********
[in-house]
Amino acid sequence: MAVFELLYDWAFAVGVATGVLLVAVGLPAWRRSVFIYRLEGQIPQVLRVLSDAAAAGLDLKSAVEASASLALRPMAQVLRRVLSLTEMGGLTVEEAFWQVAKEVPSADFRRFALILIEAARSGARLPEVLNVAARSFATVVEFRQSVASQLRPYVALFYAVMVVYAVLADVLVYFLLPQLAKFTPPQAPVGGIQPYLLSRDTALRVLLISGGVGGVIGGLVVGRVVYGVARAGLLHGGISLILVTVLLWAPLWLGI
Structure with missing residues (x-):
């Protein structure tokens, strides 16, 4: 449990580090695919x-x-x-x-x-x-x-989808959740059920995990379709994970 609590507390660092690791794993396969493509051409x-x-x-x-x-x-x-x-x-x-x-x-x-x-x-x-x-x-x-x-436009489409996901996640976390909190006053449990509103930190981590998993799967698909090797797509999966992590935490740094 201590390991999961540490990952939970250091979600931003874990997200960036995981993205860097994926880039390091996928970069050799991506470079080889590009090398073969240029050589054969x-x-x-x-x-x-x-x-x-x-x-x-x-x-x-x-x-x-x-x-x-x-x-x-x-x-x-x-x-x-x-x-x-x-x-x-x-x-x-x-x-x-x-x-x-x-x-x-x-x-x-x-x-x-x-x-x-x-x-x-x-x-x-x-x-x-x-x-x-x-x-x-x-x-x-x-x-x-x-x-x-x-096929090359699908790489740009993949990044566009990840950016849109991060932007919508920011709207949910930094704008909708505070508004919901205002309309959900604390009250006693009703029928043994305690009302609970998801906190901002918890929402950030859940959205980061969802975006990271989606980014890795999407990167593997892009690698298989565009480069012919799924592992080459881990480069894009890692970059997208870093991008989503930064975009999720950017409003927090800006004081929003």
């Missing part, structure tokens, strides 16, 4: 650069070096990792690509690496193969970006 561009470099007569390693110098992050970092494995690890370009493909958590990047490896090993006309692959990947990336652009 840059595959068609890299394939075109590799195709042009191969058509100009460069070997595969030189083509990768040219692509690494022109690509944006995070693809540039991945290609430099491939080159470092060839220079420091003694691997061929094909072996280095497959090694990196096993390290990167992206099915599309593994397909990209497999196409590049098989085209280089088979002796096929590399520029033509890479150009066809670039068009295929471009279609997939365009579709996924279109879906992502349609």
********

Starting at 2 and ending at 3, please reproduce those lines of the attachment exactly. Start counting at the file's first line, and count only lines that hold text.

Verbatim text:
Amino acid sequence: MAVFELLYDWAFAVGVATGVLLVAVGLPAWRRSVFIYRLEGQIPQVLRVLSDAAAAGLDLKSAVEASASLALRPMAQVLRRVLSLTEMGGLTVEEAFWQVAKEVPSADFRRFALILIEAARSGARLPEVLNVAARSFATVVEFRQSVASQLRPYVALFYAVMVVYAVLADVLVYFLLPQLAKFTPPQAPVGGIQPYLLSRDTALRVLLISGGVGGVIGGLVVGRVVYGVARAGLLHGGISLILVTVLLWAPLWLGI
Structure with missing residues (x-):